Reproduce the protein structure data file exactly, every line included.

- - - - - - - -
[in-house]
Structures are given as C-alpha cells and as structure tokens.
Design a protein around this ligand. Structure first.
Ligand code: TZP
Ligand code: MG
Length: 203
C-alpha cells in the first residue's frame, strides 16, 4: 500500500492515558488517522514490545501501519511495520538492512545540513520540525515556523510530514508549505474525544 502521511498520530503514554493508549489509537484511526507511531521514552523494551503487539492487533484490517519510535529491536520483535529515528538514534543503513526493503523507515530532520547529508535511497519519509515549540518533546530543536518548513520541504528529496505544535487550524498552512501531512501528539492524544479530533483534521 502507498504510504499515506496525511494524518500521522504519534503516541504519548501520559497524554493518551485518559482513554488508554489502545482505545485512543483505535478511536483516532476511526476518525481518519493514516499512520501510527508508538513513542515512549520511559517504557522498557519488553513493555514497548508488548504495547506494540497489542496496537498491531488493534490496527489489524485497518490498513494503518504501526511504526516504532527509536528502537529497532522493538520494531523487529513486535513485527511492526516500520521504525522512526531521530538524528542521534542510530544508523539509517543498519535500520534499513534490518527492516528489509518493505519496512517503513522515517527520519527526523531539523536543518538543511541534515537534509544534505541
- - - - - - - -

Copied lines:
[in-house]
Structures are given as C-alpha cells and as structure tokens.
Design a protein around this ligand. Structure first.
Ligand code: TZP
Ligand code: MG
Length: 203
C-alpha cells in the first residue's frame, strides 16, 4: 500500500492515558488517522514490545501501519511495520538492512545540513520540525515556523510530514508549505474525544 502521511498520530503514554493508549489509537484511526507511531521514552523494551503487539492487533484490517519510535529491536520483535529515528538514534543503513526493503523507515530532520547529508535511497519519509515549540518533546530543536518548513520541504528529496505544535487550524498552512501531512501528539492524544479530533483534521 502507498504510504499515506496525511494524518500521522504519534503516541504519548501520559497524554493518551485518559482513554488508554489502545482505545485512543483505535478511536483516532476511526476518525481518519493514516499512520501510527508508538513513542515512549520511559517504557522498557519488553513493555514497548508488548504495547506494540497489542496496537498491531488493534490496527489489524485497518490498513494503518504501526511504526516504532527509536528502537529497532522493538520494531523487529513486535513485527511492526516500520521504525522512526531521530538524528542521534542510530544508523539509517543498519535500520534499513534490518527492516528489509518493505519496512517503513522515517527520519527526523531539523536543518538543511541534515537534509544534505541